How Do You React to Stress? Are You an Over or Under- Functioner?

react to stress

People tend to react to stress in predictable ways. Some spring into action mode, trying to solve and fix. Others shut down and curl up into a ball. Both extremes are old, deeply ingrained strategies for dealing with stress. Read on to find out which reaction you tend towards and how to find more balance.

A Stressful Situation

Let’s say that an anxiety-provoking, unexpected situation comes along and creates stress for a whole family. Some people are over-functioners. They react to stress by springing into action, immediately doing everything they can to fix the situation and do damage control. They tend to be hyper-responsible, organized and focused on the goal of fixing the problem.

Over-functioners manage their own anxiety by DOING. They get busy, talk fast, run around, gather information. They function very well in a crisis because it keeps them busy and allows them to take control of their own feelings, at least for now.

Under-functioners, on the other hand, tend to shut down. While the over-functioners are running around fixing everything, the under-functioners aren’t picking up the phone. They hear the stressful news and think to themselves, “I can’t deal with this right now”. Maybe they’ve had a hell day at work and can’t process one more thing. So they react to stress by avoiding, shutting down, numbing out. They pull the metaphorical blanket over their heads and decide “other people have this handled, I’ll deal with it tomorrow”.

As you can imagine, these patterns often go together in families and relationships. One person plays the role of over-functioner, the other of under-functioner. The challenge is not to react to stress by responding in either extreme, but to find middle ground for coping with stress in a calm, effective way.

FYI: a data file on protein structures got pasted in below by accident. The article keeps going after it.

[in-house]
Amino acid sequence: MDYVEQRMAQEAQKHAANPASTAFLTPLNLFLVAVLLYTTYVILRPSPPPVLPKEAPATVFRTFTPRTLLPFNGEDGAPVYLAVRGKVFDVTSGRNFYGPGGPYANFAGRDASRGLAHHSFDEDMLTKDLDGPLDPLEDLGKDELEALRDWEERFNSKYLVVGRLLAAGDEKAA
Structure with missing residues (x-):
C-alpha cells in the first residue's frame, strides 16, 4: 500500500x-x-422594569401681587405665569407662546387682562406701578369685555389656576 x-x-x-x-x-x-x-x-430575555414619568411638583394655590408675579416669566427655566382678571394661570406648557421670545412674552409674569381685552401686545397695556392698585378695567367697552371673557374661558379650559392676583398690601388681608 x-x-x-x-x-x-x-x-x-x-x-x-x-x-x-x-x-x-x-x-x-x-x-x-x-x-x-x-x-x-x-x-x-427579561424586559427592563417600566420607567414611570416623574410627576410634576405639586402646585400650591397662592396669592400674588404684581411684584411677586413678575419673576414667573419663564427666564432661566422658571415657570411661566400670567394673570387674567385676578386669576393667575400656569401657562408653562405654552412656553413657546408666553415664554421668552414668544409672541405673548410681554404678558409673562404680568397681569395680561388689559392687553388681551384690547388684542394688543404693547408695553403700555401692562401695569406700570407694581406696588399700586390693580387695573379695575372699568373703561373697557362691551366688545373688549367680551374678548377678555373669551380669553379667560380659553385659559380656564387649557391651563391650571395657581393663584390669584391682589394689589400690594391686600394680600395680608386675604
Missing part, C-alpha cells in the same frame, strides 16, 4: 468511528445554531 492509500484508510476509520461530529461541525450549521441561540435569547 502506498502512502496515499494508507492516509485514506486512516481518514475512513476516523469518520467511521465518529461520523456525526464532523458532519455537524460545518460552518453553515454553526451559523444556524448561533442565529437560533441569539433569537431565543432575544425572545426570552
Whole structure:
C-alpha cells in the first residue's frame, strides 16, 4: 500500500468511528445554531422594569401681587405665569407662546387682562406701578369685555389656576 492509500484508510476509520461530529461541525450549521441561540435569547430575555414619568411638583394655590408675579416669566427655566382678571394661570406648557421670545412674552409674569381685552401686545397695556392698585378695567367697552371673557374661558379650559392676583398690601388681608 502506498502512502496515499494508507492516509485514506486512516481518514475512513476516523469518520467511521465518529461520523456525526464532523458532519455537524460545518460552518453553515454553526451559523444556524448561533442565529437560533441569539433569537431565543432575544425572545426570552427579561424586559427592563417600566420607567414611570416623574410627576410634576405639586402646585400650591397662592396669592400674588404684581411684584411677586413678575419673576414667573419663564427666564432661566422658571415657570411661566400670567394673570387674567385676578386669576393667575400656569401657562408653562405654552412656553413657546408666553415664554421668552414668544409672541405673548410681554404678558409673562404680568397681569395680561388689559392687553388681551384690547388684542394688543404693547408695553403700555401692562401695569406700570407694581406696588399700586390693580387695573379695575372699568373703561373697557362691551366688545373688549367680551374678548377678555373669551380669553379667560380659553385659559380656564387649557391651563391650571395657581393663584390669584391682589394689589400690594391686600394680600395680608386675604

Are you an over or under-functioner? Which of these do you relate to more?

  • Are hyper-responsible
  • Spring into action when a crisis arises
  • Solve and fix
  • Take responsibility for others’ actions and feelings
  • Tend to talk a lot
  • Are prone to perfectionism, anxiety and burnout
Your challenge:

Slow down and take a breath. Work on letting go of the desire to fix or control things that aren’t your responsibility. Let others do their part. Acknowledge and feel your feelings. Practice self-care.

  • Function minimally in a crisis
  • Shut down
  • Rely on others to solve and manage problems
  • Minimize the importance of events or feelings
  • Are quiet and withdrawn
  • Are prone to use substances or activities to numb out
Your challenge:

Take responsibility for your part in things. Offer to help. Acknowledge your own feelings and the feelings of others. Show up.

The first step toward changing these stress patterns is to be aware of them, so if you notice these things in yourself, good job! The next step is to notice when these old strategies are kicking in and respond a little differently next time.


Read More about Over and Under- Functioning

Harriet Lerner, The Dance of Anger

Brene Brown, The Gifts of Imperfection

Related Articles:

Relax and Get Grounded Quickly: Feet, Seat, Shoulders, Breathe

A Calm Place Meditation to Lower Stress Quickly

5 Ways for Busy Moms to Stay Positive (even when the wheels come off)

Why is Self-Care so Hard When We Need it Most?

Why Fall is the Best Season for an Emotional Reset

Get your free guide: Mindfulness to Go! 30 Strategies to Keep You Calm on the Run



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